U.S. Treasury Securities

U.S. Treasury securities are essentially loans to the U.S. government for a predetermined time period.


All Treasury notes, bills, and bonds are widely accepted to have the least amount of credit risk because they are backed by the "full faith and credit of the U.S. government." Because of this, U.S. Treasuries are typically perceived to be one of the safest investment instruments available, though like any other financial instrument, safety can never be guaranteed.

U.S. Treasury Notes and Bonds

The U.S. Treasury issues notes and bonds that pay interest every six months. The coupon is the stated interest rate of that security.

Notes are currently issued in two, three, five and 10-year maturities. Bonds are currently issued in 30-year maturities. Both instruments are sold in minimum amounts of $1,000 and multiples of the same.

U.S. Treasury Bills

U.S. Treasury bills are instruments purchased in the public sector and are commonly known as T-bills. These short-term obligations, with terms of one year or less, are issued in minimum amounts of $1,000, with multiples of $1,000. They are issued at a discount from their face value.

For example, you may purchase a T-bill at $975 for a $1,000 issue. At maturity, you will be paid the par value of $1,000. The interest payment you will receive is determined on the par value minus the purchase price, such as in our example, which was an interest payment of $25.


All U.S. Treasuries are backed by the full faith and credit of the United States. Because of this, U.S. Treasury notes, bonds and bills (also known as Treasuries) are recognized by world financial markets as one of the safest and most reliable investment instruments available. The U.S. Department of the Treasury issues these treasuries in various maturities up to 30 years.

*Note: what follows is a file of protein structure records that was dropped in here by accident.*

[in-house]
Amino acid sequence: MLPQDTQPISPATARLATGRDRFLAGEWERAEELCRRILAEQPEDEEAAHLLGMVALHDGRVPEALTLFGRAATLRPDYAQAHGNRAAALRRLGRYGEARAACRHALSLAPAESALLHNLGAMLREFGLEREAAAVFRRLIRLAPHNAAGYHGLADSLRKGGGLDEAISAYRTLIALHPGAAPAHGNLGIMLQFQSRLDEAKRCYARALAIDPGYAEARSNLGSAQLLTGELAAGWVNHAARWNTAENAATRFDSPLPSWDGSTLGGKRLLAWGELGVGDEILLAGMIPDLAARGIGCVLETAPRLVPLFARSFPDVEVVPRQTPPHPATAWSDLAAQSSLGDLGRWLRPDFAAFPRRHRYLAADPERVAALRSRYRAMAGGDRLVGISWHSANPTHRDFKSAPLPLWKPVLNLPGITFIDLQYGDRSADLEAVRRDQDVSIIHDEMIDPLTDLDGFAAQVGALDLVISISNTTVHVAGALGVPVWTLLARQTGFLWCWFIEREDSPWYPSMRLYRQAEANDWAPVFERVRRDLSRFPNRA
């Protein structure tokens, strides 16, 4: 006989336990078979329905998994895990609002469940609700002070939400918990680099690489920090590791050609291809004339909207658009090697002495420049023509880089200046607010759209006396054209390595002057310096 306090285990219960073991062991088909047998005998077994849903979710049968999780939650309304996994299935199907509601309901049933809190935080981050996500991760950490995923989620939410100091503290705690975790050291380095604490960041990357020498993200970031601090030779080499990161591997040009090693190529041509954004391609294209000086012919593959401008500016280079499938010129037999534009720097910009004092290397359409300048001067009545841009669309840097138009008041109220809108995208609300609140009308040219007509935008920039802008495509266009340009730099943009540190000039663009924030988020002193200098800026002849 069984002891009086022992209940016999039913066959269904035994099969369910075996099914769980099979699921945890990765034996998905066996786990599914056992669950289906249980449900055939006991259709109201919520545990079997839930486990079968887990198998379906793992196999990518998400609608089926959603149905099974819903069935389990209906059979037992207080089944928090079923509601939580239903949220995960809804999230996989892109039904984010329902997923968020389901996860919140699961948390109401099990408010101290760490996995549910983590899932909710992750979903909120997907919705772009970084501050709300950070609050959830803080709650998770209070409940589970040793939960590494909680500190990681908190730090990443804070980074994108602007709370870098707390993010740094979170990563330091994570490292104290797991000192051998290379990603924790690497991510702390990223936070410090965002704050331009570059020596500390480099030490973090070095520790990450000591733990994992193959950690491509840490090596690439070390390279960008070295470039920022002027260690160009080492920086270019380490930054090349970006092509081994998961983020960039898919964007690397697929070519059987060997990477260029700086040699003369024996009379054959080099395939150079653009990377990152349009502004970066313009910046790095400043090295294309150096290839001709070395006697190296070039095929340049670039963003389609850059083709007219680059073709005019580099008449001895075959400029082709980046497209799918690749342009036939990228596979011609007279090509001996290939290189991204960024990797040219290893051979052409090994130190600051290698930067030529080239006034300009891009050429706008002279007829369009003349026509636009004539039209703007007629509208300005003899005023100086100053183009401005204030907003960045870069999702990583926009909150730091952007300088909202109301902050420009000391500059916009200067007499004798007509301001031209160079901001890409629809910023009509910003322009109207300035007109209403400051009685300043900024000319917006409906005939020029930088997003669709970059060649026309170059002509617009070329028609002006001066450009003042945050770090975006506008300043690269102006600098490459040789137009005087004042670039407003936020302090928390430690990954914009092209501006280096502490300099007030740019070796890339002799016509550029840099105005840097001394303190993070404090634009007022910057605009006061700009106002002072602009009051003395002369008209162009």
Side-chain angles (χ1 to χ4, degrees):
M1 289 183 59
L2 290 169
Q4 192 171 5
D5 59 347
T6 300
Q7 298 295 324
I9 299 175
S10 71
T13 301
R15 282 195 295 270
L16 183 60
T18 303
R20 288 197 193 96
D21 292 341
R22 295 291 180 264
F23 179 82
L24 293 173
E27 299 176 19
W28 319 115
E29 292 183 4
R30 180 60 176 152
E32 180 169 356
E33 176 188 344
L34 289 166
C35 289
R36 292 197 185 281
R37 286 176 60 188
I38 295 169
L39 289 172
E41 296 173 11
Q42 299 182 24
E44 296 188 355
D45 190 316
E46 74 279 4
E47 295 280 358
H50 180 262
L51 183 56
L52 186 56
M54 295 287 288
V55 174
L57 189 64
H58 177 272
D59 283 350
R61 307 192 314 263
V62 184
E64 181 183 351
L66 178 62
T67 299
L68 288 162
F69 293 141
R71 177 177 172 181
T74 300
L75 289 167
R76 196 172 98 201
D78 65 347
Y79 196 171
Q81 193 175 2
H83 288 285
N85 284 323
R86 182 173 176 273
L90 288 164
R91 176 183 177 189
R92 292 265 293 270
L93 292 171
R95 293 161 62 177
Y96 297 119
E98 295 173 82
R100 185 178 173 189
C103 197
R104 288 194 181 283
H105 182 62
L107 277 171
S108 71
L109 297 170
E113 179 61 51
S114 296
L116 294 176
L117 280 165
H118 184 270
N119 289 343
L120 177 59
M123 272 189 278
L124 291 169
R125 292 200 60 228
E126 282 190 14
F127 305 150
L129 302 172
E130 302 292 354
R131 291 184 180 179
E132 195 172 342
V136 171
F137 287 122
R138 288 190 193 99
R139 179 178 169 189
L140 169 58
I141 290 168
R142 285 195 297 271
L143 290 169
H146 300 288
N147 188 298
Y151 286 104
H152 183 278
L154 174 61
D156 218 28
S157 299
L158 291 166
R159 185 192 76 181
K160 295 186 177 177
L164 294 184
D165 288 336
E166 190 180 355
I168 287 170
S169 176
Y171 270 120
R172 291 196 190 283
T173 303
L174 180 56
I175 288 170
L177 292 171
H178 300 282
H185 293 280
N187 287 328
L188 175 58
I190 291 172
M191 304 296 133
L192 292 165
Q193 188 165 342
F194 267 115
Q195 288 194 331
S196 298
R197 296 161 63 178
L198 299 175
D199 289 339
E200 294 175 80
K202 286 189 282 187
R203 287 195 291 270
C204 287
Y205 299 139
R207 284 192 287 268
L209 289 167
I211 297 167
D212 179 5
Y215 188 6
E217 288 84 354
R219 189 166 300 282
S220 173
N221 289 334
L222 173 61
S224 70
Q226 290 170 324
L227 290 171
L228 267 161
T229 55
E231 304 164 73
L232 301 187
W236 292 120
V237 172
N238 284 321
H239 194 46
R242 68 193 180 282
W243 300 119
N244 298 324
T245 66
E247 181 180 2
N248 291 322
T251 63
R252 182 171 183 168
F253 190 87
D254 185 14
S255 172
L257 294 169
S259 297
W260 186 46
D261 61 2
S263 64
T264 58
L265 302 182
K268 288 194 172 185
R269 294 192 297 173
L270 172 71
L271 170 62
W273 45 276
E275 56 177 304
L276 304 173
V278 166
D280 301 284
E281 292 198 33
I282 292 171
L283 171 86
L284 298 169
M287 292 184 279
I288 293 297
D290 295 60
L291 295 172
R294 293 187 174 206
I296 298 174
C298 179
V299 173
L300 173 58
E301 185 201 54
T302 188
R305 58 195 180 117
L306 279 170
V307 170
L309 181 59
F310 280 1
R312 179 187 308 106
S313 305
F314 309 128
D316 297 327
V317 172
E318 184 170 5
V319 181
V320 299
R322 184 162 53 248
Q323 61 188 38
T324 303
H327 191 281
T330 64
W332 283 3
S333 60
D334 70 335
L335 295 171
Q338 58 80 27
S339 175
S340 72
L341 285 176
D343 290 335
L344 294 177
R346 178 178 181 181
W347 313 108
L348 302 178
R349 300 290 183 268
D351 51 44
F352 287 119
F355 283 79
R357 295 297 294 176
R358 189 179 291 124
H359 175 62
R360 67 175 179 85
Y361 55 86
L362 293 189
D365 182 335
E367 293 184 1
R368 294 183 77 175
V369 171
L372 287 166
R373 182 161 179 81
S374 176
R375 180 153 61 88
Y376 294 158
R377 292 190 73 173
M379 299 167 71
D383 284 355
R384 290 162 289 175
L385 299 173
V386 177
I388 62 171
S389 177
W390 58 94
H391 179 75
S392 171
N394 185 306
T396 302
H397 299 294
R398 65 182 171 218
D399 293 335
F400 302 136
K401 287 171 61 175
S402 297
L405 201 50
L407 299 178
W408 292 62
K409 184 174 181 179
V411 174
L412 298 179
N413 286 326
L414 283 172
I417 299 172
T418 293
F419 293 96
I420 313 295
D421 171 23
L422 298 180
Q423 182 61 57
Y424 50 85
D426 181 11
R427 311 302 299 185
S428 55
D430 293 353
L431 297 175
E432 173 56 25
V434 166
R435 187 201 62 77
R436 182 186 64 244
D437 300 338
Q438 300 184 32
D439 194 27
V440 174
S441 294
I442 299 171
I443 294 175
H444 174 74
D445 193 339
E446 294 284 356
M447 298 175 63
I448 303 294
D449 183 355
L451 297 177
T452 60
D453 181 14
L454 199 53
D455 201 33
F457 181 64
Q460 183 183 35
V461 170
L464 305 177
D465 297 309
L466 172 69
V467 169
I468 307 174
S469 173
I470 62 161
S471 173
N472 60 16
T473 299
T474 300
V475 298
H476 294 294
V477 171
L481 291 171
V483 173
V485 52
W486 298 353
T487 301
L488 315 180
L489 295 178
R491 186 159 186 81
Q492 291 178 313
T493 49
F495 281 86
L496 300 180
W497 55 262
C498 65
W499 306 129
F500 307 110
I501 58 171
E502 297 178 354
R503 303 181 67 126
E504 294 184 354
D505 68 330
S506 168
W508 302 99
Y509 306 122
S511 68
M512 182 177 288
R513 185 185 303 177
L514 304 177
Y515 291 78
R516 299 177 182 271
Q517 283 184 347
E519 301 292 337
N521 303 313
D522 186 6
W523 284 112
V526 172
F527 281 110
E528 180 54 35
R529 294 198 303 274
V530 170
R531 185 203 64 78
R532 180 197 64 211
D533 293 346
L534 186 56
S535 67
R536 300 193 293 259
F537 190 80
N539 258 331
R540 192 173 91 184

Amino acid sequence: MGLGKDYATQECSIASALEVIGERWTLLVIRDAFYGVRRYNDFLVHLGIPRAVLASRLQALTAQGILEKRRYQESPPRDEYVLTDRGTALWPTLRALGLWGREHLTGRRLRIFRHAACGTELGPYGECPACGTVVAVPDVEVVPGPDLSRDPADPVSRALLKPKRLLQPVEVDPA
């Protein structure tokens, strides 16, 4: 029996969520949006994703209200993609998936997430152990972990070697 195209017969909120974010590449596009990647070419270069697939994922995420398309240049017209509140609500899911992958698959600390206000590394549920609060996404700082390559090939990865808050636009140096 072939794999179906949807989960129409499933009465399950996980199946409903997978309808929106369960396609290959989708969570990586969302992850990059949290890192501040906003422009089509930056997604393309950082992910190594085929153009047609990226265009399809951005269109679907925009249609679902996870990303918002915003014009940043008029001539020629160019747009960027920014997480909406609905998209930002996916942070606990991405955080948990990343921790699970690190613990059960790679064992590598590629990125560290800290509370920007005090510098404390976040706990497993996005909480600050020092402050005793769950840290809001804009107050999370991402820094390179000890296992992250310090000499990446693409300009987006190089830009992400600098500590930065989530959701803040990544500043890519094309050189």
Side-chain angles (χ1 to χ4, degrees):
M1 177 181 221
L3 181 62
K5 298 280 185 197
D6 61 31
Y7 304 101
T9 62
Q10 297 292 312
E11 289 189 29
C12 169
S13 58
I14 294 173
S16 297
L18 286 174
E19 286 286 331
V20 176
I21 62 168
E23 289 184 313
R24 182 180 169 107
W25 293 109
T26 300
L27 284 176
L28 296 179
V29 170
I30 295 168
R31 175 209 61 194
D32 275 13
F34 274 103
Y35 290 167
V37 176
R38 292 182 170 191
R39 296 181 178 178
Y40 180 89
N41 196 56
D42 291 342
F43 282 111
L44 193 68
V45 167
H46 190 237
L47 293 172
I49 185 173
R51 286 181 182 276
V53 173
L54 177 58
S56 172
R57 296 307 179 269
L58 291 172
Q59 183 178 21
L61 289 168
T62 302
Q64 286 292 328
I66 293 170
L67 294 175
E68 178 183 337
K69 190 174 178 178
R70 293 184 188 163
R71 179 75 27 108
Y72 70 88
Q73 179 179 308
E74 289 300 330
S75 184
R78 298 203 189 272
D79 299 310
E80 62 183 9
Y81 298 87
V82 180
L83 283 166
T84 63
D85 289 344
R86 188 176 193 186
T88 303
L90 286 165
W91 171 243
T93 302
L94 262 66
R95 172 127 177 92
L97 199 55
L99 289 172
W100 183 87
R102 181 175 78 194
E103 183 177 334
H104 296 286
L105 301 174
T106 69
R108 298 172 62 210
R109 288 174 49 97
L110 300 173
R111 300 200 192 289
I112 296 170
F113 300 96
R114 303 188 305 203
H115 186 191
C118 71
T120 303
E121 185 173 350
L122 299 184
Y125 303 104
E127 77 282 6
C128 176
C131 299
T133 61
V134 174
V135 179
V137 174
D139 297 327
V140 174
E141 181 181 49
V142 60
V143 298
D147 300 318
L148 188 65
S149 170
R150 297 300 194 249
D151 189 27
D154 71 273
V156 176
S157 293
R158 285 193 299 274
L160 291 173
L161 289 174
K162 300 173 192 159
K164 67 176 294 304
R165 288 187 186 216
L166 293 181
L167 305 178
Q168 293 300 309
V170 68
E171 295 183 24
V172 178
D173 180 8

Notes and bonds pay interest semiannually. Interest is calculated using an actual monthly day count and an actual annual day count, and notes and bonds settle one day after trade (T+1).


U.S. Treasury securities offer high liquidity, with secondary market capabilities available and a wide range of maturity dates. They are tax-exempt from local and state governing bodies, most are non-callable and bills, notes and bonds are issued on a daily, monthly or quarterly basis.


Treasuries have market risk associated with fluctuations in interest rates like any fixed-income security. They often offer the lowest returns because of their high degree of safety and liquidity and with longer-term issues possessing more price volatility than shorter-term instruments.


You can buy Treasuries directly from the U.S. Treasury or through a bank or brokerage firm such as Multi-Bank Securities, Inc. (MBS). To purchase through MBS, you need to open an account.